Measuring Red Sox's slow starts

Going into April 13, 2011, Jacoby Ellsbury was hitting .189, while Carl Crawford had a .152 batting average.

Ellsbury was coming off a disastrous 2010; Crawford had signed a massive contract coming off a career-best season.

Of course, Ellsbury nearly won the MVP, while Crawford never found his stroke.

The lesson? April 13 is far too early to judge anything.

Then again, a rational observer would've said not to worry about Crawford or John Lackey at this time last year.

Is this more than just a slow start for any of the struggling Boston Red Sox?

We present the Red Sox Panic Meter: 1 = nothing to worry about, 10 = full-fledged panic.

Josh Beckett -- 5 HR allowed vs Tigers

Panic Meter -- 5

It's one thing to overlook the five home runs allowed by Beckett.

Sure, he's the first player to allow that many in an outing within his team's first two games of the season.

But Beckett has been here before. In August 2009, he gave up five home runs to the New York Yankees, but later bounced back to go 3-0 in his final four starts.

Indeed, if it was just about the home runs, Beckett would barely register on the panic meter. But his stuff was even more concerning than the long balls.

Beckett's fastball had an average velocity of 90.5 mph on Saturday. Since 2009, that's the slowest fastball he has thrown in a game. He topped out at 92.5 mph, also the slowest in that span. Only one of the 16 swings at his fastball missed.

But the fastball wasn't the only pitch that was off. Beckett's curveball had its slowest horizontal velocity across the plate over the past three seasons.

Last season, it was the curve that keyed Beckett's fast start. Opponents started the season 0-for-22 on at-bats ending with a curveball. He gave up only four extra-base hits with the curve in all of 2011.

On Saturday, Austin Jackson drilled a 2-2 curve for a double.

According to a CSNNE report, Beckett made adjustments in a side session with pitching coach Bob McClure.

"I felt like I was getting very rotational and not throwing up-and-down," Beckett told Sean McAdam, "which are things that I do whenever I'm successful. It adds a little bit of different angle to the ball."

As he takes the mound for Friday's home opener, Beckett's velocity warrants close monitoring.

Until then, fears of the dreaded "Even-Year Beckett" season loom. Since joining the Red Sox, he has famously performed far better in odd years (50-20, 3.36 ERA) than in even seasons (34-28, 4.95 ERA).

Mark Melancon -- 0-2, 36.00 ERA

Panic Meter -- 4

Two ugly appearances into Melancon's Red Sox career, and it's easy to wonder if too much was expected too soon.

After all, it was just two years ago when Melancon posted a 1.67 WHIP as a 25 year old in Triple-A for the Yankees. Last season in Houston, he took over the closer role and notched 20 saves. But did those saves overvalue an average reliever?

Certainly, two games should not dramatically alter expectations. Yet, a few numbers stand out.

The key pitch to look at for Melancon will be the curveball, his go-to with two strikes. Last year, opponents hit .136 with 18 hits in two-strike counts. In 2012, opponents are 3-for-4 with two strikes, including Alex Avila's walk-off home run.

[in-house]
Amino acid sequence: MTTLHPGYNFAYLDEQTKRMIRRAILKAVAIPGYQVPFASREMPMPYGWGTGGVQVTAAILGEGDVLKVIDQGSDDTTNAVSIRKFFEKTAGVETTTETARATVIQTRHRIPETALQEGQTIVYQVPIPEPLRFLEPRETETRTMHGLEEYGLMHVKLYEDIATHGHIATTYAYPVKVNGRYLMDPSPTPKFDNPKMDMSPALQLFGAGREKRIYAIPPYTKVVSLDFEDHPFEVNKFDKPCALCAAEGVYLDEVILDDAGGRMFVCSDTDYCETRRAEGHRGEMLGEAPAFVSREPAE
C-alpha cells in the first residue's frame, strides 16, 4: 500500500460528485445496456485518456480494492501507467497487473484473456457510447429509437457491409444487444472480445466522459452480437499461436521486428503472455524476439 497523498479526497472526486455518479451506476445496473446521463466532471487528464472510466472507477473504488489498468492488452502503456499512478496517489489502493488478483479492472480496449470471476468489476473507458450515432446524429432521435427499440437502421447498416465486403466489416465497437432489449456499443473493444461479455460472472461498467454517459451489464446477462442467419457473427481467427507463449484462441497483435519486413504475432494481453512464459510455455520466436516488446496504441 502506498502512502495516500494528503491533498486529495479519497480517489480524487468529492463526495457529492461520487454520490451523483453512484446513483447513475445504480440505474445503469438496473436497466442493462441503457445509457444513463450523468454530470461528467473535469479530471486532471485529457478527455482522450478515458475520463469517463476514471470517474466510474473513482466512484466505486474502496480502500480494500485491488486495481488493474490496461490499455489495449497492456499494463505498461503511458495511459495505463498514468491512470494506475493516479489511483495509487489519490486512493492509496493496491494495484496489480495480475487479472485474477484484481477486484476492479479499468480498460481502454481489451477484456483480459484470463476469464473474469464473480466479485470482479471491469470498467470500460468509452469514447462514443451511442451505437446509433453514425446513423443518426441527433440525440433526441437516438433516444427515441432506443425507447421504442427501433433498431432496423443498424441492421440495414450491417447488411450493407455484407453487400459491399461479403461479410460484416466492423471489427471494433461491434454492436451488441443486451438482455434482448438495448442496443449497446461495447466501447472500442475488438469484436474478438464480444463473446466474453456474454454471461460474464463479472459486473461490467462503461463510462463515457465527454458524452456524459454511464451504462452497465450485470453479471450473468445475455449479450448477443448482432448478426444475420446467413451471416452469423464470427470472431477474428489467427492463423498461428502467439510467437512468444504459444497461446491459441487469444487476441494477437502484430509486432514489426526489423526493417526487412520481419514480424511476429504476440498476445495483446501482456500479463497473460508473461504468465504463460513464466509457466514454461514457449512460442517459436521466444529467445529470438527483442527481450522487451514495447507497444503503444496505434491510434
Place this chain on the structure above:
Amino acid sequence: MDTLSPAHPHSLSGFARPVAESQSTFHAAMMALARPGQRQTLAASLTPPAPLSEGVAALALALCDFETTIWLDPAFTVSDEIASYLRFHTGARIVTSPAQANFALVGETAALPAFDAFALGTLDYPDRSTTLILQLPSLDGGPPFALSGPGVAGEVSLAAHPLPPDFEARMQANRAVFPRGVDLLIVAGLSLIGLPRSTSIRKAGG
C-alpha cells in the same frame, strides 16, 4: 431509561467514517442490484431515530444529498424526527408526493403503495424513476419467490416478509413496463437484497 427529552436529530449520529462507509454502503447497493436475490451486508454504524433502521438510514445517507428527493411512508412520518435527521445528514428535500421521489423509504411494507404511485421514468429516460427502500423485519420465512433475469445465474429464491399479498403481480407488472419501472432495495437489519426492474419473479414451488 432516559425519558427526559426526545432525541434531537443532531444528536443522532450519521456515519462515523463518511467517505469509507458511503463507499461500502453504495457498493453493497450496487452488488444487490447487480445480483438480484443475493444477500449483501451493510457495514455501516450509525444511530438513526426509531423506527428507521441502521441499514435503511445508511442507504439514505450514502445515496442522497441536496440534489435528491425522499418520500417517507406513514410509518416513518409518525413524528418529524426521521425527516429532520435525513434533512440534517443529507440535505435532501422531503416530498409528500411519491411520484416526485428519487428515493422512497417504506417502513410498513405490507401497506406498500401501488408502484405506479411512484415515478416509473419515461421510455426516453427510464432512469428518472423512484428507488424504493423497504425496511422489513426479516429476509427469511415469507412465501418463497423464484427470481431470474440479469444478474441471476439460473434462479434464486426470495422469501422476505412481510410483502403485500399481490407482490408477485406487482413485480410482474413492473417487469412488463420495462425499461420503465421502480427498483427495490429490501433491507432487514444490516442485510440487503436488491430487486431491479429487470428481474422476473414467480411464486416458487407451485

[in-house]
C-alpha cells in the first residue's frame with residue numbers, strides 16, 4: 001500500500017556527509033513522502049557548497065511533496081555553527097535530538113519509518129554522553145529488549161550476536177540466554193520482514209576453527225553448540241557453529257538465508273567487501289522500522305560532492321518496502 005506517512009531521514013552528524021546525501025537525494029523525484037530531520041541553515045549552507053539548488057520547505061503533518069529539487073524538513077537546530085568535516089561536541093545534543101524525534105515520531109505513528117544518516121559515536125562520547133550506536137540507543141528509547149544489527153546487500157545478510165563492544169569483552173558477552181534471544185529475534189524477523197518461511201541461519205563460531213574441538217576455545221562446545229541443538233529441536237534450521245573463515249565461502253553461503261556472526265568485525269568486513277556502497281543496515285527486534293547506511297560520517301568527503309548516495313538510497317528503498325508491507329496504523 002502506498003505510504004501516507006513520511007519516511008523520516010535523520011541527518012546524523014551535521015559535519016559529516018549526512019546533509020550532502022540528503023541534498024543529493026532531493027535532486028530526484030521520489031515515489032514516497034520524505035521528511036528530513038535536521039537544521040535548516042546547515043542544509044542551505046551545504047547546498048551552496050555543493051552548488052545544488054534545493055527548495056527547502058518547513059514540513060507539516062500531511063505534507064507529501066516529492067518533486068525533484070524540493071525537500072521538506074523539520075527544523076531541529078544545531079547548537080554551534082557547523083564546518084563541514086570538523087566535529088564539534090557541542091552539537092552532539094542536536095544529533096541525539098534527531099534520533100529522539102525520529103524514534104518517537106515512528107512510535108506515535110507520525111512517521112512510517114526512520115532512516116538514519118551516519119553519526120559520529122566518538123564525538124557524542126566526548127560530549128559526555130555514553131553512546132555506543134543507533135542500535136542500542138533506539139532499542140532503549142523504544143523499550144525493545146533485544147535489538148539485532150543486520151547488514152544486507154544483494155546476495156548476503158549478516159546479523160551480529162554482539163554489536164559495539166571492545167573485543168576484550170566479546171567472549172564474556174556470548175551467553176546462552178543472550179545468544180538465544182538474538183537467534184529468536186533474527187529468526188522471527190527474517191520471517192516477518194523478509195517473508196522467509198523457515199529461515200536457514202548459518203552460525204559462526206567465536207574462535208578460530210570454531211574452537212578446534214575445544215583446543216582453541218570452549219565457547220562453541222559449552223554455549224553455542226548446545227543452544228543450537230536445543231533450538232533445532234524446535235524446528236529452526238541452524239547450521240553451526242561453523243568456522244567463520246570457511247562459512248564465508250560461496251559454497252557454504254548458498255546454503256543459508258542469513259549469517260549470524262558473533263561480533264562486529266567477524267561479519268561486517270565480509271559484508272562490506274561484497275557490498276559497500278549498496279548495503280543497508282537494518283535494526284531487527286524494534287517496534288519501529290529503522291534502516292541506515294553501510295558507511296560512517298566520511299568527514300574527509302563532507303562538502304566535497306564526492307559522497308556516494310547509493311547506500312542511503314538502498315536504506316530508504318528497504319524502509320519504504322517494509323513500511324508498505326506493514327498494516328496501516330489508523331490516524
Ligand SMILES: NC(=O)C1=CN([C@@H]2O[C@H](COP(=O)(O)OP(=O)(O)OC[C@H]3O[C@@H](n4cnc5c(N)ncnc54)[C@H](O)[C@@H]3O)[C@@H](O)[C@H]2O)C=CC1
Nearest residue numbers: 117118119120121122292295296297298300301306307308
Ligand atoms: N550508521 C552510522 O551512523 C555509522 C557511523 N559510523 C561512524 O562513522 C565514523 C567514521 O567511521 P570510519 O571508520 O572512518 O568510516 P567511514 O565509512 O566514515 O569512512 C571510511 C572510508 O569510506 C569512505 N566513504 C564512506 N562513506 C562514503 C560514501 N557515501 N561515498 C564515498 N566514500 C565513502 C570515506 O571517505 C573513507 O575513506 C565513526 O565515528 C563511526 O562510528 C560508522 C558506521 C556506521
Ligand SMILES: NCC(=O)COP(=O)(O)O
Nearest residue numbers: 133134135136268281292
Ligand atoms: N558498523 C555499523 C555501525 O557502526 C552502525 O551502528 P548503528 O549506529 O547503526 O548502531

The good news? There's precedent for a rough beginning that turned around.

In November 1976, Bill Campbell became the first major free-agent signing in Red Sox history, inking a four-year deal worth $1 million.

Like Melancon, his first two appearances in Boston were forgettable: 0-2, 17.18 ERA.

But Campbell would settle down, make the All-Star Game, and finish fifth in the Cy Young voting.

Jacoby Ellsbury -- .130 BA, 0 HR, 0 SB

Panic Meter -- 1

In 2011, Ellsbury had one of the greatest all-around seasons by an outfielder in Red Sox history. But after 17 games, he was hitting just .182 and had been dropped to ninth in the batting order.

In other words, nothing to see here.

Jarrod Saltalamacchia -- .077 BA, 6 K in 13 AB

Panic Meter -- 6

It essentially has been established that Saltalamacchia can't hit lefties, against whom he's hit .206 with a .603 OPS in his career. That's why Kelly Shoppach can expect the bulk of starts against southpaws.

But can Saltalamacchia hit right-handed pitchers?

Last season, he had a solid .766 OPS against them. But his strikeout numbers continue to be a concern. Saltalamacchia fanned once every three plate appearances against righties. Only Adam Dunn, in arguably the worst offensive season ever, was worse.

With Ryan Lavarnway (two hits on Wednesday) waiting in the wings, Saltalamacchia's leash may not be that long if he can't turn his offense around.

Kevin Youkilis -- .100 BA, 0 BB, 6 K

Panic Meter -- 3

He has been one of Boston's most consistent players for seven years. So what's with all those jumping off the Youkilis bandwagon after six games?

Sure, he's hitting only .172 with a .571 OPS since the beginning of August. But Youkilis was battling multiple injuries at the end of 2011.

Youkilis' miss percentage and chase percentage are actually lower than they've been in recent years. His .143 BABIP hints at some bad luck.

A quarter of his plate appearances have gone to three balls, but Youkilis still doesn't have a walk. That's not so much alarming as it is uncharacteristic. Certainly, Youkilis has not forgotten how to take a walk.

He may be 33, but a healthy Youkilis has always been productive. There's little reason to think that's changed.

Bobby Valentine

Panic Meter -- 2

He gave Nick Punto a start in the leadoff spot. Justin Thomas was inexplicably used in a close game, and then left in. Darnell McDonald hit sixth against a righty.

Sure, there are some quibbles with Valentine's first week on the job.

But it's no time to judge him. Recall that in three of his first five games, Terry Francona had Ellis Burks batting third.